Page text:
You go to the eye-doctor, and they dilate the hell out of your eyes, so you can't see . . . and then they expect you to pick out a pair of fashionable frames that fit your face?
Next week my son's U-9 travel team will be playing in the Piscataway 33rd Annual Fall Classic Soccer Tournament, and they will be seasoned veterans, as they played their very first travel team games last year, in the 32nd Annual Fall Classic as wee little six and seven year olds; my favorite memory of last year's tournament happened during a wild rainstorm, and not a warm summer thunder shower, this was a cold pelting downpour, but we were playing our damndest, my son Ian pouncing on balls like a wildcat in goal and the rest of the team slogging through the mud, but one boy -- ironically the tallest on the team -- ran over to me on the sidelines and said, "Coach, I'm cold!" and so I told him all I could think of (remember, it was my first time coaching very young children) . . . I said, "Be a man, Danny, it's only rain," but he put me in my place with his reply: "But Coach, I'm not a man, I'm just a little boy."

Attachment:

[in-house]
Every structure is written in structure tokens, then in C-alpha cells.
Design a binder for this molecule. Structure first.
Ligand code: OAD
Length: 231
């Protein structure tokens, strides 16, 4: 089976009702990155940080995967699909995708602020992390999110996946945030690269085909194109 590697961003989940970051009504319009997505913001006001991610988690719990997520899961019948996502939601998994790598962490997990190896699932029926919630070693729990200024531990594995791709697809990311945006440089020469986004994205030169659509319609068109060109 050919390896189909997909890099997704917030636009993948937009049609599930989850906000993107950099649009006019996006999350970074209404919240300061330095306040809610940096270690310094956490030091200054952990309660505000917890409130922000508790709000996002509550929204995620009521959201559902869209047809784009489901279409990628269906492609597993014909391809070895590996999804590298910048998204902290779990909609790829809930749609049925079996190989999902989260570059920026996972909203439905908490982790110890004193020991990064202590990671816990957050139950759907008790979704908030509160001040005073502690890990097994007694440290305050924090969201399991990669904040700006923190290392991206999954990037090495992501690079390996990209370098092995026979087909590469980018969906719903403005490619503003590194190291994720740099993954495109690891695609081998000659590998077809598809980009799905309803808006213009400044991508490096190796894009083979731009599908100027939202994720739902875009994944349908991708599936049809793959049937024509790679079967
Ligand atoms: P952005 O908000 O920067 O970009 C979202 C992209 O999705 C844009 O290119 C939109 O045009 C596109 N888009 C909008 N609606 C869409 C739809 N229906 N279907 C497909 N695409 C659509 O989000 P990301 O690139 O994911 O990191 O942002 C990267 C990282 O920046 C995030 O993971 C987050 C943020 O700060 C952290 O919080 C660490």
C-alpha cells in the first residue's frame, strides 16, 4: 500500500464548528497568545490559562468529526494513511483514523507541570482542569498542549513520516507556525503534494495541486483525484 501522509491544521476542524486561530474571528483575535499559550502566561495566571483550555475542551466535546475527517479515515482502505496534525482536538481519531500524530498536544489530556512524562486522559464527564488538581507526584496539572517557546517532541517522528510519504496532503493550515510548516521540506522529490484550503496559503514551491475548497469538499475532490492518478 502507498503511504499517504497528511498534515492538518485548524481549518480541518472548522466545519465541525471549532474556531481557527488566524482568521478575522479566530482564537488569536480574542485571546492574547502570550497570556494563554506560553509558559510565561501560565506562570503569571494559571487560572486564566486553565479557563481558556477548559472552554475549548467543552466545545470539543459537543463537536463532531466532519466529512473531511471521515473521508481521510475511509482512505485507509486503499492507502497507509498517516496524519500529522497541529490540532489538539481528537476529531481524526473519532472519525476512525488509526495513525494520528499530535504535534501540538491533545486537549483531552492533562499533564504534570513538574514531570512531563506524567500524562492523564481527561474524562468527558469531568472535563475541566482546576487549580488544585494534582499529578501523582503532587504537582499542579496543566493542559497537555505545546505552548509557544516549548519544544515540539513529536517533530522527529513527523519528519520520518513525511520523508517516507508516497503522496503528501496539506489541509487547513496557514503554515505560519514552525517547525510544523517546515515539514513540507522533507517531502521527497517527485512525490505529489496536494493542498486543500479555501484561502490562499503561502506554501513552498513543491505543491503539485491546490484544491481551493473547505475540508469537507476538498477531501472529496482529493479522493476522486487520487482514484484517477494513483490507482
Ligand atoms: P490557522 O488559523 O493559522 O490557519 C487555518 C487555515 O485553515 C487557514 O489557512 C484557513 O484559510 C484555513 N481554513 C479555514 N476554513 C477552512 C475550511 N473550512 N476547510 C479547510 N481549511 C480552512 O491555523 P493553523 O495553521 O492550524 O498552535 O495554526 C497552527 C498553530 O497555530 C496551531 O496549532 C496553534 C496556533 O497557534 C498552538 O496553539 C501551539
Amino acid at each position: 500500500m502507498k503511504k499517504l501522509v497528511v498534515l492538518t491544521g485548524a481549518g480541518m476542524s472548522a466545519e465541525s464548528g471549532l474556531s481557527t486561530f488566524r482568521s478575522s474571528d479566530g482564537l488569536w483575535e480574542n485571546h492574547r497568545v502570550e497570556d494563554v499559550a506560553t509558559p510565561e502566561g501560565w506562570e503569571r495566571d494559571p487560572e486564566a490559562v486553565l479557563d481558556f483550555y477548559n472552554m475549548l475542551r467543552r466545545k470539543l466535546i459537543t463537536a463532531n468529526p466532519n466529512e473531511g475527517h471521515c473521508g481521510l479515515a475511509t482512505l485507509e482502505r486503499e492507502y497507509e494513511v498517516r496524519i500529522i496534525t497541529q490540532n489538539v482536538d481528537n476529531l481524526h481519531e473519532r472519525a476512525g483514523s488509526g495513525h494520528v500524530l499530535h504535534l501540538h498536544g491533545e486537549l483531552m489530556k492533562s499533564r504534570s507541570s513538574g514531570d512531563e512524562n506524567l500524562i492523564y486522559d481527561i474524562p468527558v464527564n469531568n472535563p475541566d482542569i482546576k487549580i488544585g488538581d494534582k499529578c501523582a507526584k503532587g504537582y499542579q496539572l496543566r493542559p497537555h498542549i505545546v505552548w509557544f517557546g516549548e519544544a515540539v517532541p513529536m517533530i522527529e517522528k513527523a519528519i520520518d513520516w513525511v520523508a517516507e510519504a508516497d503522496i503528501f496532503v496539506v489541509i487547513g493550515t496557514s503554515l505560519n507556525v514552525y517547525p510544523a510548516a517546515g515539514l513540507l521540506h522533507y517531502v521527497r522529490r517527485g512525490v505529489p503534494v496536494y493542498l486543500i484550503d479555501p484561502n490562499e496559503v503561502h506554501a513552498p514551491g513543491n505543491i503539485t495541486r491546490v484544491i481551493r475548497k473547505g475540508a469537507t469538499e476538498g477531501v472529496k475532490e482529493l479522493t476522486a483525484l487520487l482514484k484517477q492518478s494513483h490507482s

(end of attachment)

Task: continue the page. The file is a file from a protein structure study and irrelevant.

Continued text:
When I taught in Damascus, the high school history teacher had her students personally prioritize the concepts in the Bill of Rights; the American kids invariably had "freedom of speech" at the top of their list and the kids from the Middle East had freedom to practice religion at the top of theirs . . . and when the Arab kids were asked how much they valued freedom to criticize their government, most didn't give this right a lot of significance -- "What do I know about that?" one student said -- and this may explain some of what is going on in Egypt and the Middle East right now -- Walter Russell Mead explains it far better than I could (in two recent essays) -- but in America, though liberals and conservatives have no lack of antipathy for one another, we assume that both parties love America more than they hate each other . . . and thus, democracy works (grudgingly) but in the Middle East, when the "wrong" party won (The Muslim Brotherhood in Egypt) then the tribes aligned and the bloodshed began . . . and so it may be a long time, or never, that the dream of both conservative and liberal Americans happens in the Middle East, when these countries adopt middle-of-the-road freedoms and values, and decide that free speech, individual liberties, the right to vote, and checks and balances of a democratic system are worth more than tribal grabs for power and oppression . . . until then, it's going to be very difficult to decide who to back and who to fight, but the cost of screwing this up is very high in terms of human cost . . . if you want to get really depressed, read "City of the Lost," in the New Yorker, a description of the Za'atari refugee camp in Jordan, which is the second largest in the world and growing every day, hosting the enormous flood of Syrians fleeing the bloody civil war that has ravaged their country.